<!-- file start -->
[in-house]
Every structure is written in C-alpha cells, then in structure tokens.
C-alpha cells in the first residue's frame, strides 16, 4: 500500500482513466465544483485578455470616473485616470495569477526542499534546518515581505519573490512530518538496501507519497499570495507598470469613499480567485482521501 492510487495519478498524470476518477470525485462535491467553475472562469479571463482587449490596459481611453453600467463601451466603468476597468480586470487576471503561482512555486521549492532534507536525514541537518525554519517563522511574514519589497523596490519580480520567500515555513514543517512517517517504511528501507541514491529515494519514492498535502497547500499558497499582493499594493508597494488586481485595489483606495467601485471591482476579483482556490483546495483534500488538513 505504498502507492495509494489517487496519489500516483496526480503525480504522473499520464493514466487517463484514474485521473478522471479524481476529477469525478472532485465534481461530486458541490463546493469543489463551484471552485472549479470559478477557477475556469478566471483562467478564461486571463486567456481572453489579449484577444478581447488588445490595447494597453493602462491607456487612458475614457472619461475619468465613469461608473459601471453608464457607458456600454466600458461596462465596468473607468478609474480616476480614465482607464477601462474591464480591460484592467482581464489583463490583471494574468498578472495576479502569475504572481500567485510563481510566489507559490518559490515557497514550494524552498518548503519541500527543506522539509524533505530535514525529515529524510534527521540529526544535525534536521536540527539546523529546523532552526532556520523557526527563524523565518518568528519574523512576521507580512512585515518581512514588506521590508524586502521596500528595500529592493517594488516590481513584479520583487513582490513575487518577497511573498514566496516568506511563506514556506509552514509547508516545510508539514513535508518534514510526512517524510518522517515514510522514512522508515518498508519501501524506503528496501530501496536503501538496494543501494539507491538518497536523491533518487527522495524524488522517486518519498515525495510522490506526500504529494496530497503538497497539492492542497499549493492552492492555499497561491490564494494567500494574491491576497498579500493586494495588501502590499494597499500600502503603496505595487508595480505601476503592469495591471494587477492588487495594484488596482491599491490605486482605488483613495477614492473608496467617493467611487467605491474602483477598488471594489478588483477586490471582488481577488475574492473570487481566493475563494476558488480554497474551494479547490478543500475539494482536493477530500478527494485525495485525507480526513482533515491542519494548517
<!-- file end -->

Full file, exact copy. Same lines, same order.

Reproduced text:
[in-house]
Every structure is written in C-alpha cells, then in structure tokens.
C-alpha cells in the first residue's frame, strides 16, 4: 500500500482513466465544483485578455470616473485616470495569477526542499534546518515581505519573490512530518538496501507519497499570495507598470469613499480567485482521501 492510487495519478498524470476518477470525485462535491467553475472562469479571463482587449490596459481611453453600467463601451466603468476597468480586470487576471503561482512555486521549492532534507536525514541537518525554519517563522511574514519589497523596490519580480520567500515555513514543517512517517517504511528501507541514491529515494519514492498535502497547500499558497499582493499594493508597494488586481485595489483606495467601485471591482476579483482556490483546495483534500488538513 505504498502507492495509494489517487496519489500516483496526480503525480504522473499520464493514466487517463484514474485521473478522471479524481476529477469525478472532485465534481461530486458541490463546493469543489463551484471552485472549479470559478477557477475556469478566471483562467478564461486571463486567456481572453489579449484577444478581447488588445490595447494597453493602462491607456487612458475614457472619461475619468465613469461608473459601471453608464457607458456600454466600458461596462465596468473607468478609474480616476480614465482607464477601462474591464480591460484592467482581464489583463490583471494574468498578472495576479502569475504572481500567485510563481510566489507559490518559490515557497514550494524552498518548503519541500527543506522539509524533505530535514525529515529524510534527521540529526544535525534536521536540527539546523529546523532552526532556520523557526527563524523565518518568528519574523512576521507580512512585515518581512514588506521590508524586502521596500528595500529592493517594488516590481513584479520583487513582490513575487518577497511573498514566496516568506511563506514556506509552514509547508516545510508539514513535508518534514510526512517524510518522517515514510522514512522508515518498508519501501524506503528496501530501496536503501538496494543501494539507491538518497536523491533518487527522495524524488522517486518519498515525495510522490506526500504529494496530497503538497497539492492542497499549493492552492492555499497561491490564494494567500494574491491576497498579500493586494495588501502590499494597499500600502503603496505595487508595480505601476503592469495591471494587477492588487495594484488596482491599491490605486482605488483613495477614492473608496467617493467611487467605491474602483477598488471594489478588483477586490471582488481577488475574492473570487481566493475563494476558488480554497474551494479547490478543500475539494482536493477530500478527494485525495485525507480526513482533515491542519494548517